One note before we start this off: I’ve developed an interest in football coaches. Some might call it a “sick fascination” or “stalking obsession,” but whatever it’s called, it’s time to put it to some sort of use. The following is the first part in what will be a seven-part series detailing every NFL head coaching change of the offseason. With training camp around the corner and personnel moves already made, the time is right for an early (some might say preposterously premature) evaluation of each individual hire. Today’s focuses on the Arizona Cardinals and new coach Ken Whisenhunt.

Honestly, one of the main reasons I’m starting with Whisenhunt is that his hiring was one of those I followed least at the time. One of the reasons for that was that it was the Cardinals, generally one of the less relevant franchises in the league. However, what is “generally” the case might as well be thrown out when the right person to turn things around comes along. Therefore, the question for the Cardinals to answer: is Whisenhunt the right person? He was one of the most sought-after coaching candidates this offseason, so there are certainly more than a few people out there who think so.

There are some good signs. He comes from a successful franchise (the Pittsburgh Steelers, where he was offensive coordinator) and brought another major assistant with him from Pittsburgh to Arizona (Russ Grimm). In fact, word was there were some players on the Steelers who would have liked to see Whisenhunt or Grimm replace Bill Cowher – more on the guy the Steelers DID choose in several days. The Jets’ plan of “hire a top assistant (in their case, Eric Mangini) from a good team” strategy appears to be paying off so far, and in general it seems like a smart way to go – who’s better equipped to succeed than those who have seen what works? According to this article published at the time of Whisenhunt’s hiring, the other finalist for the job was Mike Sherman, ex-Packers coach. He might have been a decent hire as well, as he had some success in Green Bay, but he was also still pretty fresh off getting fired by them. Plus, the last time the Cardinals were looking for a coach, they went after another guy coming off a pretty long stint somewhere else who had some success, but nothing phenomenal. Eventually, that guy did this.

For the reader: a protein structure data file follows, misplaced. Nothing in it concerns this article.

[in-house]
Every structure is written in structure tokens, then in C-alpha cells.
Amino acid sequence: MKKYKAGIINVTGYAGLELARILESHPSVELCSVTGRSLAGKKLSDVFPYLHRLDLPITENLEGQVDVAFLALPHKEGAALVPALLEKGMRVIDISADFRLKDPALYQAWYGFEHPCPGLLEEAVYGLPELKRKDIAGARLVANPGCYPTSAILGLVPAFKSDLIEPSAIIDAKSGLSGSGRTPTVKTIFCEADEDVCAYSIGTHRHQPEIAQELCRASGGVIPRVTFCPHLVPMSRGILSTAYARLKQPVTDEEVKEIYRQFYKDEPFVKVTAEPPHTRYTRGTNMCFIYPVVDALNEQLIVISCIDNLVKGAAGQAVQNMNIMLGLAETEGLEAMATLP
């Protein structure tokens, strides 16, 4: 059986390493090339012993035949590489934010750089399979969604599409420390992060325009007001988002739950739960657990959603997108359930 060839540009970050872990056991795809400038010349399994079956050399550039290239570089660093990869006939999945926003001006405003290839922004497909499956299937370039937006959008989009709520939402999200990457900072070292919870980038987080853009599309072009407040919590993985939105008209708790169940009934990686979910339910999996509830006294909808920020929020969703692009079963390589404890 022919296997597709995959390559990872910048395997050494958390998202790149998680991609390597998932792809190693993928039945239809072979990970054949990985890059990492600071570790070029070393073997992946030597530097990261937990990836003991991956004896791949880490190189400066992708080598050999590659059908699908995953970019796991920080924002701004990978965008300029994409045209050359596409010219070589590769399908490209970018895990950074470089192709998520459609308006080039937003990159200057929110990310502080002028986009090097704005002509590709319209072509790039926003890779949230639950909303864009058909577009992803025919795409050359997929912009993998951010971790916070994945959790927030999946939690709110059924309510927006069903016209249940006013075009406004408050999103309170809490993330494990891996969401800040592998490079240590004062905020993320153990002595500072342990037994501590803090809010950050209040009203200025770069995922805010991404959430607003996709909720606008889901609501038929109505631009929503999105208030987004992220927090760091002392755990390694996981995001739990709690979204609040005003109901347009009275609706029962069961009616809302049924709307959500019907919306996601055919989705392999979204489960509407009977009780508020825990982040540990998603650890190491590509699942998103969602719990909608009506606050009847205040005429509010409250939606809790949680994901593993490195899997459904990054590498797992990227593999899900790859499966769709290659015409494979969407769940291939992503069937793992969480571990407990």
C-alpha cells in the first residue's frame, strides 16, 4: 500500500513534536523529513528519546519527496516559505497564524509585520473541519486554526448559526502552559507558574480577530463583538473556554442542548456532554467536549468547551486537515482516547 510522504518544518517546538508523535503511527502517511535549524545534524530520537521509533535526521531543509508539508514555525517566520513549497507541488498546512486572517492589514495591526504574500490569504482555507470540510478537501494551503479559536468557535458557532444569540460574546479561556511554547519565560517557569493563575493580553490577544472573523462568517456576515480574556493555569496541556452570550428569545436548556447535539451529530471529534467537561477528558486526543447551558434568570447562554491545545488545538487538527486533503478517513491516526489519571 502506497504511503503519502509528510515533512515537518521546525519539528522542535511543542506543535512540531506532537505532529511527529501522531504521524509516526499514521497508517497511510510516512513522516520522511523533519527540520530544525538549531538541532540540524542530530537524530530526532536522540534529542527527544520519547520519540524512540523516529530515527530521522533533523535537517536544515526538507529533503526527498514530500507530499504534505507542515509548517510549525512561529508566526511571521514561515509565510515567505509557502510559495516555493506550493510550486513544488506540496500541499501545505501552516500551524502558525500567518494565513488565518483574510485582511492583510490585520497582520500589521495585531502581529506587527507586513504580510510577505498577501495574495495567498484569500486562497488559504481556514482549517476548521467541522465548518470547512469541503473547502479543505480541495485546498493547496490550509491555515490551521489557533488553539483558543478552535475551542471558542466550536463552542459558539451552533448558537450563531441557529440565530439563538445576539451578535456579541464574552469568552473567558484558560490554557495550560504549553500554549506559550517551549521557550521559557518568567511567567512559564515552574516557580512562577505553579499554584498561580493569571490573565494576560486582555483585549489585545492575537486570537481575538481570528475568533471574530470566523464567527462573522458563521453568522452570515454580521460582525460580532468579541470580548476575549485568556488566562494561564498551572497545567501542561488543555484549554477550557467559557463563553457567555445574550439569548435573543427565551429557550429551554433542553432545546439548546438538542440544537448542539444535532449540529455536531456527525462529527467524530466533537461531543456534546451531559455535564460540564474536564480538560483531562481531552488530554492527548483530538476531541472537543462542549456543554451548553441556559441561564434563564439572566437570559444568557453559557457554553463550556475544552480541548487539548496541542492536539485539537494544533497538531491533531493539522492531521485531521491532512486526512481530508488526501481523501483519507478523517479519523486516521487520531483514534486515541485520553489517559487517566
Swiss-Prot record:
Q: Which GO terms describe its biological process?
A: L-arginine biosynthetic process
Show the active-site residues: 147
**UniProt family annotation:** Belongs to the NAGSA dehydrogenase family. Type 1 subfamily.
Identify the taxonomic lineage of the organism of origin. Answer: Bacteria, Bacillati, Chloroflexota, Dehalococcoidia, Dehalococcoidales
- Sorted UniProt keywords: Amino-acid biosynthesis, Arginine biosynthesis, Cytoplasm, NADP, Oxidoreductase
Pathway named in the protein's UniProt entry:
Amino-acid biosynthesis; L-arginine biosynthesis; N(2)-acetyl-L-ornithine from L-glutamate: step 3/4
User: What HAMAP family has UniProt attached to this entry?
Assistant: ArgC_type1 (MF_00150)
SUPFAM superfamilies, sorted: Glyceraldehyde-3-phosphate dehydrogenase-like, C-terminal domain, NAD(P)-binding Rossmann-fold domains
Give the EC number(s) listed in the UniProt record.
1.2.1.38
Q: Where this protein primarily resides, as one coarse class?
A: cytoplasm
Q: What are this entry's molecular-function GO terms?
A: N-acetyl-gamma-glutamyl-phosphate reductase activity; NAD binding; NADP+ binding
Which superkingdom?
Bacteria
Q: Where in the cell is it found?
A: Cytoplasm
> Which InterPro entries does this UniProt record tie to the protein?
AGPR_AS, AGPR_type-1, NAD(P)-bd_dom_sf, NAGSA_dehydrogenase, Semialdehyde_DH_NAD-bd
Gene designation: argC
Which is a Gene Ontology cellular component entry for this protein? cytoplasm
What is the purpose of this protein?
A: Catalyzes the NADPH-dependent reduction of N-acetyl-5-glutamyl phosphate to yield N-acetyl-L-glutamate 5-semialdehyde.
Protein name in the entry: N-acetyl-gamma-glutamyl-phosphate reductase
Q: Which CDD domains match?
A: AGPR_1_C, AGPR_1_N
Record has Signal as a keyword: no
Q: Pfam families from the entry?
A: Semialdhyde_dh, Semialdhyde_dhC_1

Another positive is that even though the Cardinals are, as usual, coming off a bad year, there is talent to work with, especially on offense. Matt Leinart is a promising quarterback, and Anquan Boldin and Larry Fitzgerald are two very good receivers. Edgerrin James has had a great career, but he wasn’t as good last season as he’s been in the past, so Arizona has to be hoping their selection of offensive lineman Levi Brown in the first round of the draft can help him out. In addition, Whisenhunt smartly plans to give James a break from time to time so he doesn’t have to carry the load alone. The team’s first two draft choices this year – Brown from Penn State and Alan Branch from Michigan – attempt to shore up the offensive and defensive lines, respectively. Both of them have potential to be very good players, and the lines are good places to start when looking to improve a team – especially one that already has some talented skill position guys. I’ve seen some concerns about Branch not always playing hard, so that’s worrisome, but he has the talent.

The Cardinals aren’t cursed. No team is cursed. If there’s one thing Greg Schiano’s success at Rutgers has taught me, it’s that. It’s true, the Cardinals haven’t had much success over the years, but that can be changed. In fact, a lot of the pieces to do so are in place already, in the form of the players already mentioned. This team won’t be unsuccessful forever – someday, someone is going to come in and make them a winner. Is Whisenhunt that guy? Only time will tell, but he has a pretty decent start, having been around the Steelers franchise all those years and having talent to work with now. (Plus, his team is in a division where no one really stands out, further increasing their odds of success.) Whether he gets the job done or not, the opportunity is there, and I’ve grown to like his chances. He was smart to pay a whole lot more attention to the Cardinals than I did.

The next installment, which will hopefully be up tomorrow, will detail the Miami Dolphins and their new coach, Cam Cameron.